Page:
|Title||Planning research for greater community involvement and long-term benefits|
|Year of Publication||2000|
|Authors||Bates V, Bates N, Bergeron L|
Each year in Eeyou Istchee, the Cree region of northern Quebec, we notice that more pregnant women are being diagnosed with gestational diabetes1 and more adults and teens are diagnosed with type 2 diabetes mellitus.2 The rate of gestational diabetes among pregnant women is high because we have 890 people who have been diagnosed with type 2 diabetes. This is 11% of the population over the age of 15 years. These numbers in 2000 are 4 times as high as in 1989, and today type 2 diabetes is being diagnosed in younger age groups, including children. As is pointed out in the Annual Diabetes Registry Update2,3 (May 2000), 94% of people with diabetes are overweight. The increase in diabetes and gestational diabetes in our community is matched by an increase in the number of people who are overweight and obese, along with a decrease in their level of physical activity. For the future of our people, we urgently need to understand how to reduce the number of new cases of diabetes and how to help pregnant women lower their risk of developing gestational diabetes.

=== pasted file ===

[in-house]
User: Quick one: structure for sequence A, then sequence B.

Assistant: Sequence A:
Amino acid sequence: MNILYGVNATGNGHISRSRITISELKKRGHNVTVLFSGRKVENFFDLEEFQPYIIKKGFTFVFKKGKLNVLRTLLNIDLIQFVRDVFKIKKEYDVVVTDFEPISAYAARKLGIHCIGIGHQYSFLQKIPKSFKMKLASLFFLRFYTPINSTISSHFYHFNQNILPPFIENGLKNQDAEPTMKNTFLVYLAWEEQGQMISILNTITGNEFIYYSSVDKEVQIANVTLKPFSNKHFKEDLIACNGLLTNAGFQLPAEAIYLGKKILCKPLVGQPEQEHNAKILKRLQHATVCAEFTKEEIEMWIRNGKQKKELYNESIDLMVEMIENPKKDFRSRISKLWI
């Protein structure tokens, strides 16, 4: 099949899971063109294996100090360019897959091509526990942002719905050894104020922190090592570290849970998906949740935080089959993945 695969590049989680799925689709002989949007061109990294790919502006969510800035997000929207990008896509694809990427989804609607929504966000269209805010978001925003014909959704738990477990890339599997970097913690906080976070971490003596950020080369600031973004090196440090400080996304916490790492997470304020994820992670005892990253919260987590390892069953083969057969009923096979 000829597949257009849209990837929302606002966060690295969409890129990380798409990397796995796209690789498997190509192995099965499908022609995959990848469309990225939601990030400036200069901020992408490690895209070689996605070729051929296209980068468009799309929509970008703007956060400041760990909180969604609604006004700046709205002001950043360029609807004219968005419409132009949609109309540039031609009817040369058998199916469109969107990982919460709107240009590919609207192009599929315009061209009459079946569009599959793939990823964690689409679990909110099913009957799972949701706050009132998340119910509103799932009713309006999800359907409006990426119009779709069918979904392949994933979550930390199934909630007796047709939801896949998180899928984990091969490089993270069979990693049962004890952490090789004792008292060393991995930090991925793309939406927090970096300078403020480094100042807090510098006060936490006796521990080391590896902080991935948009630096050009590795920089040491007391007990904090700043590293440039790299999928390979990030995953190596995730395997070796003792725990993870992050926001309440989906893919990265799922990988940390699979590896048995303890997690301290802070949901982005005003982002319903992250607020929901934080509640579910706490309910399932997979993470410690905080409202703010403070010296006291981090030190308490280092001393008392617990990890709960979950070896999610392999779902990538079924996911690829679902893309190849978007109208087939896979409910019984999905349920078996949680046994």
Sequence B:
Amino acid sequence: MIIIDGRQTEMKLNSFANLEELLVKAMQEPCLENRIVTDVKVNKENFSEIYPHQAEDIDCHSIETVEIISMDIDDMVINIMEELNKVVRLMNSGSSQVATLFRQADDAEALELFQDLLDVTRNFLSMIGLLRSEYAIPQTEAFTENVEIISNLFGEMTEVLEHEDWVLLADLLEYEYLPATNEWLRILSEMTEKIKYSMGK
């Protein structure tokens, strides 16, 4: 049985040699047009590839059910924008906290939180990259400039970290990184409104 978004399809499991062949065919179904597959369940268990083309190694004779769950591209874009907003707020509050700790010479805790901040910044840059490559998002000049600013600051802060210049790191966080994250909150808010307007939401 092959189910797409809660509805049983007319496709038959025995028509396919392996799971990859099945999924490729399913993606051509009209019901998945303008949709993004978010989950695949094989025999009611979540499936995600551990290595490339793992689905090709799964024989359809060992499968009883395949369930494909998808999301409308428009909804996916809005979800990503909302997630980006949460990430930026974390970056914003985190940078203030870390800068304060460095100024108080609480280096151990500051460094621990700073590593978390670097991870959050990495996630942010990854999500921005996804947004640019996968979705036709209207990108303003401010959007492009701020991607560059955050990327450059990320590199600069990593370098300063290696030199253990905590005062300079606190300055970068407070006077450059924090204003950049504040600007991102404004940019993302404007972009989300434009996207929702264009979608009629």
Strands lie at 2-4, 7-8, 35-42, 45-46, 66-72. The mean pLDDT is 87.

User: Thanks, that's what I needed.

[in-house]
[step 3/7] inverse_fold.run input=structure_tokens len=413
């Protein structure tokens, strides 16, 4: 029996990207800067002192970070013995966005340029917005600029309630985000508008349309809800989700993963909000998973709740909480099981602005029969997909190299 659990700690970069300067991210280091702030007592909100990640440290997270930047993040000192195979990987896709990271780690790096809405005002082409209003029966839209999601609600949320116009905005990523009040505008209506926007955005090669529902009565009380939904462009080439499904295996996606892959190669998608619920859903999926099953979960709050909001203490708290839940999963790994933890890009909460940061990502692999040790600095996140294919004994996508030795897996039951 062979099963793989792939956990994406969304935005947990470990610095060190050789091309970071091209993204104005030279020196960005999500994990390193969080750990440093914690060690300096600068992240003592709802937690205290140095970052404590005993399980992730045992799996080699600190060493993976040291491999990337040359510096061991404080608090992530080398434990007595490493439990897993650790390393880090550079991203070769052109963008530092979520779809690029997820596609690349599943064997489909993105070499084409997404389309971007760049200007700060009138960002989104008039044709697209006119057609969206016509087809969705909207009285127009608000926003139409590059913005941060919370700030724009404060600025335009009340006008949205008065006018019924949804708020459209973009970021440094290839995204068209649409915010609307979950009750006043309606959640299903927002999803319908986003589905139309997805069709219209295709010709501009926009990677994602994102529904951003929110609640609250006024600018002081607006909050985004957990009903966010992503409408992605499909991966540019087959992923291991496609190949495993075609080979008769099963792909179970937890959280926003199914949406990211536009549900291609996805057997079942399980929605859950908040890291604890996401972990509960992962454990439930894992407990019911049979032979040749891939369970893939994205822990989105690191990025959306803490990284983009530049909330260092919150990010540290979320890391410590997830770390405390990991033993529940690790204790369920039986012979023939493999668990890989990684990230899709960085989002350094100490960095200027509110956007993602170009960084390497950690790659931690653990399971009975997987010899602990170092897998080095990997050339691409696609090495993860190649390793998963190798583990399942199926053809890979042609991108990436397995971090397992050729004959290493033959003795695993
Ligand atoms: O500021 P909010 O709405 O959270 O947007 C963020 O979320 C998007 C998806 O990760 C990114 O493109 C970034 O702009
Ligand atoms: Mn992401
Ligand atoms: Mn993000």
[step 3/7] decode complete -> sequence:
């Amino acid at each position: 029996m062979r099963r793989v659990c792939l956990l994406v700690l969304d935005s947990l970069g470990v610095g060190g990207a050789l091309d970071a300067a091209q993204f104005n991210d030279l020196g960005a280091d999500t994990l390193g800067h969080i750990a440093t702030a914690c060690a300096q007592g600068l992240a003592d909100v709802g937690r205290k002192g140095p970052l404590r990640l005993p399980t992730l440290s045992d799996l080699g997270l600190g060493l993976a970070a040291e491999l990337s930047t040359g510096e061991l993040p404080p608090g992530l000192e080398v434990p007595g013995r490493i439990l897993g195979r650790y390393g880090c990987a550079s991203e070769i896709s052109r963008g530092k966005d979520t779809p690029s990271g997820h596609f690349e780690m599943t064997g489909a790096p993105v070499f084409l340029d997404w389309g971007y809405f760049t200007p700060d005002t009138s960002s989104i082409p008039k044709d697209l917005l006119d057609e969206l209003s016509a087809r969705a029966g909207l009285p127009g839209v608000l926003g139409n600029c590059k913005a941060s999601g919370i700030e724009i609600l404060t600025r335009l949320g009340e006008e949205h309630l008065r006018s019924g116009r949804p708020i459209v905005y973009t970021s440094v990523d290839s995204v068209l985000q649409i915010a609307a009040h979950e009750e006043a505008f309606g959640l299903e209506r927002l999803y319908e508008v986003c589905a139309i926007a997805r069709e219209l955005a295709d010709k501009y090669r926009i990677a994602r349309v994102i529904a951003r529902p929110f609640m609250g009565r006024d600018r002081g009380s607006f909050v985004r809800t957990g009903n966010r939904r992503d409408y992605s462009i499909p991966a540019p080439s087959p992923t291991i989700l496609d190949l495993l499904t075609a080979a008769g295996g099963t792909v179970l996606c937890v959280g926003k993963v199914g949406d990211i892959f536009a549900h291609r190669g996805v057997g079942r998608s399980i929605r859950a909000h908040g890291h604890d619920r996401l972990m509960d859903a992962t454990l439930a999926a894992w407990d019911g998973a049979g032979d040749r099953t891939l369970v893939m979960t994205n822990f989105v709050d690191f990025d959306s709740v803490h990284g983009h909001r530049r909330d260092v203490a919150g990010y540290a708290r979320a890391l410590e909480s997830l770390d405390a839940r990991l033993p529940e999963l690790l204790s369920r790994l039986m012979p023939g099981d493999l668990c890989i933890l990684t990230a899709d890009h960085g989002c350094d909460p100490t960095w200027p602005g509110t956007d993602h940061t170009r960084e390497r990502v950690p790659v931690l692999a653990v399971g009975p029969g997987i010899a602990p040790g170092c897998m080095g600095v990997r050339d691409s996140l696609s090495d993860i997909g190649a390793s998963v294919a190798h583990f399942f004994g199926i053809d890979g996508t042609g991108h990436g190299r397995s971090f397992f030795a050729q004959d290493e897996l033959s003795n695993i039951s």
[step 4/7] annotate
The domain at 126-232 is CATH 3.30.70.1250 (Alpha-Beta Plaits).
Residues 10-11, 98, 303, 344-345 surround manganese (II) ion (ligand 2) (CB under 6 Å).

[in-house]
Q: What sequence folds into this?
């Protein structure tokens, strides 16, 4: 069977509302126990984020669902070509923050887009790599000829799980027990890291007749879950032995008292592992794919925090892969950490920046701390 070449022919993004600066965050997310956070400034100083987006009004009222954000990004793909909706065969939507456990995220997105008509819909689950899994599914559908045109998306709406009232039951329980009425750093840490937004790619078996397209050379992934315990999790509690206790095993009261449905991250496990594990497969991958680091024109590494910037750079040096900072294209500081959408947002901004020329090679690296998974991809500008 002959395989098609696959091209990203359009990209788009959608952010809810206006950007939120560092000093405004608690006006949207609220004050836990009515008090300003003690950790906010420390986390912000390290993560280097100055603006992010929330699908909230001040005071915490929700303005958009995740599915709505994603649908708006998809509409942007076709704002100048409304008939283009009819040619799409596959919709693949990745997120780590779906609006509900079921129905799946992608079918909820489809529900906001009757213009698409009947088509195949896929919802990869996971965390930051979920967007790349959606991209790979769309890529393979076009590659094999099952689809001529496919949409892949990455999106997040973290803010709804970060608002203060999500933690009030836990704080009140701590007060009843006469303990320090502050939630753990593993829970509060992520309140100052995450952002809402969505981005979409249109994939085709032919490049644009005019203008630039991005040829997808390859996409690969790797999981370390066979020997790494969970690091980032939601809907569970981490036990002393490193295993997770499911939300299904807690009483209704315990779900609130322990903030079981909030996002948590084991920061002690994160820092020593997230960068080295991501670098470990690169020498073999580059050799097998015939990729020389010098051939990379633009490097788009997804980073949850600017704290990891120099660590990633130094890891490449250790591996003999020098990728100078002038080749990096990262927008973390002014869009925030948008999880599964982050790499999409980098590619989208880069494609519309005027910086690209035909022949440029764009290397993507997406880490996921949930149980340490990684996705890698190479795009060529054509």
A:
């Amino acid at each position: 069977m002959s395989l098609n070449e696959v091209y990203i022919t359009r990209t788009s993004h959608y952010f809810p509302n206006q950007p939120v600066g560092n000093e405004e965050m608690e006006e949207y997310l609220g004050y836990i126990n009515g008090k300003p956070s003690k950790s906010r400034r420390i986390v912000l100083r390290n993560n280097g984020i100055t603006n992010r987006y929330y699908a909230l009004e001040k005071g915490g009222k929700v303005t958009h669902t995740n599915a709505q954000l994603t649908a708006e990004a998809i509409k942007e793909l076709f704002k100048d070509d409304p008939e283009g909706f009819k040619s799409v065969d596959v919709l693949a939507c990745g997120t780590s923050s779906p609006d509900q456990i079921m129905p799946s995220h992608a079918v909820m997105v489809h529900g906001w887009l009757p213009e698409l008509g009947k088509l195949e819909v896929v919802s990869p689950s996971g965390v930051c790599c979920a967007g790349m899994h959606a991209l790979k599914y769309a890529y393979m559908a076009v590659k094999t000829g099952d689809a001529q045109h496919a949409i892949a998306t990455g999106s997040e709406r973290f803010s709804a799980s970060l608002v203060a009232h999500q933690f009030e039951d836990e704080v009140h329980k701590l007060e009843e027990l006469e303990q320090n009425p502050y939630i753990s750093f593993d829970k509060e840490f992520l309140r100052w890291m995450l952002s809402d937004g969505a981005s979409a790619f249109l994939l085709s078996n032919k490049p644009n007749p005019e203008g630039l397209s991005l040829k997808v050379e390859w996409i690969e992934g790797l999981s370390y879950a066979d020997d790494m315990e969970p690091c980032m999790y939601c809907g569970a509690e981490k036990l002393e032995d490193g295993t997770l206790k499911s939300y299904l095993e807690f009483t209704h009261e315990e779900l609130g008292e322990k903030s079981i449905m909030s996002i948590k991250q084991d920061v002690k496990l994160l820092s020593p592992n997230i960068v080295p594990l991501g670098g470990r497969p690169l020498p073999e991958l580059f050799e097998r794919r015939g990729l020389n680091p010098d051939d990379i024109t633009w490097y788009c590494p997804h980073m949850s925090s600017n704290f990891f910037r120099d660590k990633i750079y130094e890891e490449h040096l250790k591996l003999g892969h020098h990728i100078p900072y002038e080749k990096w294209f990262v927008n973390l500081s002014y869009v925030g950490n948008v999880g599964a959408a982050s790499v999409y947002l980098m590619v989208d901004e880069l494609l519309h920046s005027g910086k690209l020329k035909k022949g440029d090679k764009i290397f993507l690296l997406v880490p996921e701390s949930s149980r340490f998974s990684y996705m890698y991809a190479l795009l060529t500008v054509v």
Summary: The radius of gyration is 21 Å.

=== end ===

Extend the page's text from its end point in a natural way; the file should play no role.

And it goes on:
Planning research for greater community involvement and long-term benefits